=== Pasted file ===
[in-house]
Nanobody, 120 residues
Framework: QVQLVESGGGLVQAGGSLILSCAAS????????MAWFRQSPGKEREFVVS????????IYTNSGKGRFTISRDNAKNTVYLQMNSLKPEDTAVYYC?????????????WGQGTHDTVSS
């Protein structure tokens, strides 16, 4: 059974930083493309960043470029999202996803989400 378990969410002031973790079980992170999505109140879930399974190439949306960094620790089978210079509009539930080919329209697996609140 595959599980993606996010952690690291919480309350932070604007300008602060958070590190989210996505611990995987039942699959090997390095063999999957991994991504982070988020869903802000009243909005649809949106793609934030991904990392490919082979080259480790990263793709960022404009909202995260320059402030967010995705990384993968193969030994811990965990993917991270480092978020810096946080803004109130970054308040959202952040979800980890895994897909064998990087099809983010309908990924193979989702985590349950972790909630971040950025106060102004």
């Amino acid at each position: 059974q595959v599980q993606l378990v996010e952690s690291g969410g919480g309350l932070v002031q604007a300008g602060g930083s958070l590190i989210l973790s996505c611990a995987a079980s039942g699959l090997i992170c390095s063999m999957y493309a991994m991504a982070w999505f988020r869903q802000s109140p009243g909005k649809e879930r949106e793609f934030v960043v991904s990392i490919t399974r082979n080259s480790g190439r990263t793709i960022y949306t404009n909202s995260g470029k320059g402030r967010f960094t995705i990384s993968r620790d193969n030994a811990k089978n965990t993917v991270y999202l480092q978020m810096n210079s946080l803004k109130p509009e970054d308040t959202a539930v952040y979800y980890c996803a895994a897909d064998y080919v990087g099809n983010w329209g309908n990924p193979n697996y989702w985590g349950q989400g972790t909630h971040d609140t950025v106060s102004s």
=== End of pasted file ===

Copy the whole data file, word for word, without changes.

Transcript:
[in-house]
Nanobody, 120 residues
Framework: QVQLVESGGGLVQAGGSLILSCAAS????????MAWFRQSPGKEREFVVS????????IYTNSGKGRFTISRDNAKNTVYLQMNSLKPEDTAVYYC?????????????WGQGTHDTVSS
């Protein structure tokens, strides 16, 4: 059974930083493309960043470029999202996803989400 378990969410002031973790079980992170999505109140879930399974190439949306960094620790089978210079509009539930080919329209697996609140 595959599980993606996010952690690291919480309350932070604007300008602060958070590190989210996505611990995987039942699959090997390095063999999957991994991504982070988020869903802000009243909005649809949106793609934030991904990392490919082979080259480790990263793709960022404009909202995260320059402030967010995705990384993968193969030994811990965990993917991270480092978020810096946080803004109130970054308040959202952040979800980890895994897909064998990087099809983010309908990924193979989702985590349950972790909630971040950025106060102004």
């Amino acid at each position: 059974q595959v599980q993606l378990v996010e952690s690291g969410g919480g309350l932070v002031q604007a300008g602060g930083s958070l590190i989210l973790s996505c611990a995987a079980s039942g699959l090997i992170c390095s063999m999957y493309a991994m991504a982070w999505f988020r869903q802000s109140p009243g909005k649809e879930r949106e793609f934030v960043v991904s990392i490919t399974r082979n080259s480790g190439r990263t793709i960022y949306t404009n909202s995260g470029k320059g402030r967010f960094t995705i990384s993968r620790d193969n030994a811990k089978n965990t993917v991270y999202l480092q978020m810096n210079s946080l803004k109130p509009e970054d308040t959202a539930v952040y979800y980890c996803a895994a897909d064998y080919v990087g099809n983010w329209g309908n990924p193979n697996y989702w985590g349950q989400g972790t909630h971040d609140t950025v106060s102004s």